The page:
Now that the parties are over and the bills are coming due, your employees may be returning to work with a heavy load of stress, a case of post-holiday letdown, or a more serious case of depression linked to Seasonal Affective Disorder. Post-holiday malaise is as predictable as the swallows returning to Capistrano and while it will not affect all your employees, it will effect enough to make a serious dent in productivity. A recent study of employee disability claims by The Hartford offers further testimony to this matter. The study, which analyzed more than one million short-term disability claims filed from 2004 to 2008, revealed a seasonal pattern:
“Excluding pregnancy-related claims, the review found that short-term disability claims dropped to their lowest level in November and December. But the dip was followed by a surge in disability claims in January and February linked to depression, respiratory illnesses and injuries. The average time a worker took off work for a disability was about 60 days, not counting pregnancy-related claims.”
“Glenn Shapiro, vice president for claims at the company’s group benefits division, said the pattern was not entirely surprising given that dreary and cold winter days had long been linked to depression, a higher risk of colds and flu and slipping and falling accidents.”
Forward-looking managers should anticipate the increased risks for disability over the post-holiday season and plan accordingly. Here are some resources and tips that might help:
- In Relax, You Can Beat That Stress, Kirsten Gerencher of the Wall Street Journal offers 5 tips for relaxation. Note that our own vice president of counseling services Kathleen Jahnke is cited in tip #5.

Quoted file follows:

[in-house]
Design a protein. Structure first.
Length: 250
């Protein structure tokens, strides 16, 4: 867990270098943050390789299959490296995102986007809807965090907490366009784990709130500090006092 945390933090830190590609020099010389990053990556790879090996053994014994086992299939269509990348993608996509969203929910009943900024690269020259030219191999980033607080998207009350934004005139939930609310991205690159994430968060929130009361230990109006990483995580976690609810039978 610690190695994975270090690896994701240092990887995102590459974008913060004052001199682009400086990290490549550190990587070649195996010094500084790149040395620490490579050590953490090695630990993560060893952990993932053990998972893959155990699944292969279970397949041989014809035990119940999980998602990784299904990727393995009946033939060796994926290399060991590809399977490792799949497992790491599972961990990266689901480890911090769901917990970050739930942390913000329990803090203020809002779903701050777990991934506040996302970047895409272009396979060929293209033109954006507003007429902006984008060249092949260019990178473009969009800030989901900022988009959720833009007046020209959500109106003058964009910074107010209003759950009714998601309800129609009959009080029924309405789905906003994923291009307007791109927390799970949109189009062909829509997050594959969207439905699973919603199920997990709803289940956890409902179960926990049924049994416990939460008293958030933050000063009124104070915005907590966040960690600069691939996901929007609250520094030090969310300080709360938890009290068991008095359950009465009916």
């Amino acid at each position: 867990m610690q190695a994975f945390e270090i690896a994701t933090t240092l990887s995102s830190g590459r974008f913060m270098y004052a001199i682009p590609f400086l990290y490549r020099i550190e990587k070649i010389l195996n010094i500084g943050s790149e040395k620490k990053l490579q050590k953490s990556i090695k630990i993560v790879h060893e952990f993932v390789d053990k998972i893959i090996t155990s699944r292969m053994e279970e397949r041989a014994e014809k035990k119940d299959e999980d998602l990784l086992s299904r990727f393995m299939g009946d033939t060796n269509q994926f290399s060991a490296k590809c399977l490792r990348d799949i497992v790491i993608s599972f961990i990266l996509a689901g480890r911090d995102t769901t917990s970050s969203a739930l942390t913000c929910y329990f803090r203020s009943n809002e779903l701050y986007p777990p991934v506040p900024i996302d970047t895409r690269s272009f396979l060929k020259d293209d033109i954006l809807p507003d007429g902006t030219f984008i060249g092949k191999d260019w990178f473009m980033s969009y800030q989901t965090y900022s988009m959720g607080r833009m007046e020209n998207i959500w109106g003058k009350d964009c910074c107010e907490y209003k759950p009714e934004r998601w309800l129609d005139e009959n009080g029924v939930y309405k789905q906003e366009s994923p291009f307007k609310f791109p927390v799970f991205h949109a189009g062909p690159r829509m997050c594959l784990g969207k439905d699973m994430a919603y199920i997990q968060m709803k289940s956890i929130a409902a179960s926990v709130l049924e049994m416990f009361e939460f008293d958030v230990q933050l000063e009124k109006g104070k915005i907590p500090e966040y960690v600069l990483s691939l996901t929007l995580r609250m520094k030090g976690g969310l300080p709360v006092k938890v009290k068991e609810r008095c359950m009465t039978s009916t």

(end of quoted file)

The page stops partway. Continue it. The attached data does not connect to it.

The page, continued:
- Supervisors should be on the lookout for Seasonal Affective Disorder or SAD, a type of serious depression linked to sunlight. Last year, we compiled a list of tips to help your employees get through whatever seasonal downturn they may be experiencing.
- Employers’ injury prevention program should include winter slip and fall prevention. In addition, as part of your health & safety program or general employee communications efforts, consider disseminating helpful safety information such as AAA’s winter driving tips and Edmunds’ 10 safety tips for driving on snow and ice
- If you haven’t done so already, consider a workplace hygiene communication campaign to minimize transmission of colds and flus. The CDC offers printable fact sheets and posters for Stopping the Spread of Germs at Home, Work & School, as well as a detailed Guide for Businesses and Employers for the 2009-2010 Influenza Season.